Re: Now I hate Win 8 as much as the next man @AC 08:53
Like or dislike of Unity is subjective, I might as well downvote you because you do or don't like Marmite.
Re: I get regular calls
I get similar. My Sky HD box, which I purchased new from a well known auction site, was never under a Sky warranty, and was purchased at least five years ago. About two months ago, I got a stream of calls from more than one maintenance company wanting to sell an extended warranty because my warranty had just 'run out'. I normally verbally abuse them down the 'phone. This is not normally in my nature, but I think that someone cold-calling me with incorrect information attempting to sell me something has no right to expect not to be abused, especially as I am on the TPS. They claimed that they had obtained my information from Sky, and thus it was not a cold call. Now I understand why it was happening. I'm still unrepentant about the verbal abuse, though.
In truth, I probably could have used an extended warranty. I believe that the reason why I could by a Sky HD box at half of the then Sky HD upgrade price was because it is a first generation Thomson box that is now known to have power supply and tuner problems. I think Thomson dumped them on the open market when Sky switched manufacturer. So far, I've rebuilt the power supply twice (blown capacitors each time), and had to replace the hard disk, as well as cleaning the dust and crap out because it causes it to overheat.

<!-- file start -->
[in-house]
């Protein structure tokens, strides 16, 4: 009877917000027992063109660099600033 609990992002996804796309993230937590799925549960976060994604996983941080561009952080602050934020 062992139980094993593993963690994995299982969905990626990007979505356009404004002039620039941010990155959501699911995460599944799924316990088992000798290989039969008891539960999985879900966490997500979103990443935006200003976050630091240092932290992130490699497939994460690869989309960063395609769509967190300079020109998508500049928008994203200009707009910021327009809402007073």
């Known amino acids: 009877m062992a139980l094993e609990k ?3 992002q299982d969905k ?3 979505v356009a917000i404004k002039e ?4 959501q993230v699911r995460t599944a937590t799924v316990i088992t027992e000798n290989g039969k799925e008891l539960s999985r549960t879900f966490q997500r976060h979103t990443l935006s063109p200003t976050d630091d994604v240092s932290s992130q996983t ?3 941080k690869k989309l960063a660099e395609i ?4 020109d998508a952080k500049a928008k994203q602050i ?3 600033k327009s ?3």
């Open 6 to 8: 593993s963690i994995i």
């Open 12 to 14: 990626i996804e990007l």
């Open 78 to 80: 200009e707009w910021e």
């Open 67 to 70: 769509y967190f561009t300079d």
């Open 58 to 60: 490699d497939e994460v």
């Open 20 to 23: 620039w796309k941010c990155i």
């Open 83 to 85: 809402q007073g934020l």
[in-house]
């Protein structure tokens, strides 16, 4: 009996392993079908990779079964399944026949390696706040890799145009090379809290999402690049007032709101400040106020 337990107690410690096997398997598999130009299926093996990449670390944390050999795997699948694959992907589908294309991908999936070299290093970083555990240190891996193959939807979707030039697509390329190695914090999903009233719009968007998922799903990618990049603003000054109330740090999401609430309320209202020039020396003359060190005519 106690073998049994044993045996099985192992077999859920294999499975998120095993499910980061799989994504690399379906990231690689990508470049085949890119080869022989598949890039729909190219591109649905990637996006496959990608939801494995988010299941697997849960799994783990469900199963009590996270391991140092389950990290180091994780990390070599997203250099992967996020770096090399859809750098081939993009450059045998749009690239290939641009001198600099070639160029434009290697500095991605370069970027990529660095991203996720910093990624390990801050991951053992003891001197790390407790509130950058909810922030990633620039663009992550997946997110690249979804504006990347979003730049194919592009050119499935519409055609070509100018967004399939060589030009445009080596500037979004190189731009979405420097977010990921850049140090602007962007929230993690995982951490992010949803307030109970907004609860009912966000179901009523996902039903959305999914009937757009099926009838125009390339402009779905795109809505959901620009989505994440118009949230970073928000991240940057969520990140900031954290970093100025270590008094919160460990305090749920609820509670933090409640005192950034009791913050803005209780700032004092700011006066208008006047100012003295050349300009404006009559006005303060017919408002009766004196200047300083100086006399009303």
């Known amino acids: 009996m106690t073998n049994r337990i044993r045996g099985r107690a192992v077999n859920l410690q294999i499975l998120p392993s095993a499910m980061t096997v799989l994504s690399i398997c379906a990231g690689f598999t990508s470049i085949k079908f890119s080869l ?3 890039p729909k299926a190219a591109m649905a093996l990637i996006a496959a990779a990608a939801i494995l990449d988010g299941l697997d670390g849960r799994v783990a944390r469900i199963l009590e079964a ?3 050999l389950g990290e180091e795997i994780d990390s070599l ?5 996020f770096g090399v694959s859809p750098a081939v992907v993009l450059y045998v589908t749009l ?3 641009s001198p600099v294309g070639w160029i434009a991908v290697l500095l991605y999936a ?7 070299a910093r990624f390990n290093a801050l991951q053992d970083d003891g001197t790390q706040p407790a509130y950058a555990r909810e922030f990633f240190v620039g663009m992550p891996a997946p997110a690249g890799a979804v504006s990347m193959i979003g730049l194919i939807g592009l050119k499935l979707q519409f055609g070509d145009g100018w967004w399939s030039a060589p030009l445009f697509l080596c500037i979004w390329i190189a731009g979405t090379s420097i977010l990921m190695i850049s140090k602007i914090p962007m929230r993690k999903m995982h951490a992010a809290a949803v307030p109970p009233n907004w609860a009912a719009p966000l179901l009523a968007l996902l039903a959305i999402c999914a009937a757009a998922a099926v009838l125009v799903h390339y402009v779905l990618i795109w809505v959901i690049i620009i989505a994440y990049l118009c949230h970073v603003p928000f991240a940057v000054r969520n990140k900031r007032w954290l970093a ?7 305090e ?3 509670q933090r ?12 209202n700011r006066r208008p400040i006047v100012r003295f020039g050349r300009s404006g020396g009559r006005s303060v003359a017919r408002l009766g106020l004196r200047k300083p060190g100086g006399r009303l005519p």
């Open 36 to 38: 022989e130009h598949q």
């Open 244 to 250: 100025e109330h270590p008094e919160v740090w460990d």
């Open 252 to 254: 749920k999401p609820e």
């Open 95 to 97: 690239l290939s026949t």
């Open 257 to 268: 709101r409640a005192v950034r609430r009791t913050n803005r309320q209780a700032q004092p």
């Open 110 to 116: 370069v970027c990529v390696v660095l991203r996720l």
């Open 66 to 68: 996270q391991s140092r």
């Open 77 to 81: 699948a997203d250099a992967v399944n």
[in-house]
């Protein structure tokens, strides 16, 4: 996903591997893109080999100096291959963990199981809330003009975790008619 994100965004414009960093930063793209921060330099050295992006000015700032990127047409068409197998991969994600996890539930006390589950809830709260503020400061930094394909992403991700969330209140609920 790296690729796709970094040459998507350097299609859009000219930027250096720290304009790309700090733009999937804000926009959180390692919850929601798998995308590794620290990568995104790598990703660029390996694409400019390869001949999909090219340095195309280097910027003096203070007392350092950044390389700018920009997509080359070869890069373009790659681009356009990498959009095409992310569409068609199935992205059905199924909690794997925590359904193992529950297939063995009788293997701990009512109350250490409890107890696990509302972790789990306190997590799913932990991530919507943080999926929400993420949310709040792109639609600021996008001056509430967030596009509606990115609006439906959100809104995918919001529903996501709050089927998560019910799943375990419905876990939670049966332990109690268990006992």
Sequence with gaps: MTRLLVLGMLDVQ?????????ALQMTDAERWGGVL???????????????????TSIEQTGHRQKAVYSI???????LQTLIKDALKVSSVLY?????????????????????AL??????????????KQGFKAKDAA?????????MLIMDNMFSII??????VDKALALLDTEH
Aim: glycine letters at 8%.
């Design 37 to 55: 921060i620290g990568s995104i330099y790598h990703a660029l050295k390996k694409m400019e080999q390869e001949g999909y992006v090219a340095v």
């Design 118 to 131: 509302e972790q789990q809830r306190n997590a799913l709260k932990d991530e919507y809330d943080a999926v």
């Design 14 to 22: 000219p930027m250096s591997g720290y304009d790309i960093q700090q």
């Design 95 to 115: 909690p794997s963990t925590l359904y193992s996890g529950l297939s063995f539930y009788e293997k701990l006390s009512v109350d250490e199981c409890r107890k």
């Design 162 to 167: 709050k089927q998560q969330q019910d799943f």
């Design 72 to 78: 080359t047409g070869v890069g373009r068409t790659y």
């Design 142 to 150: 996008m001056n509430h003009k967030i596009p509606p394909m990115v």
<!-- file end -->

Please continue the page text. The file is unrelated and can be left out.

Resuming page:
According to Sky, I am now one of the last few customers using a Thomson Sky HD box, and it is causing me problems as it won't run the Anytime+ on-demand service. I think I've managed to negotiate a reasonably priced replacement direct from Sky (the free replacement period has now expired, but all they want to charge is a standard installation - even though I have a quad LNB and a Sky HD box already so installation is just plugging it in and switching the registered box on the account), but if I take it up, I'm tied to them for another year. For all it's reported problems, I wish Virgin would cable our area so we had a choice, but I suspect that will never happen now.
As we appear to be in nit-picky mood at the moment, it is significantly less than half who could use the products once you take into account the pre-pubescent and post-menopausal females.
Given that a woman only menstruates for 40 years or so (Wikipedia) out of a an average life expectancy of 80 for women (stat. from the 2011 CIA yearbook again via Wikipedia), I would guess that it is no more than about 30% of the population, once you factor in the higher life expectancy of women.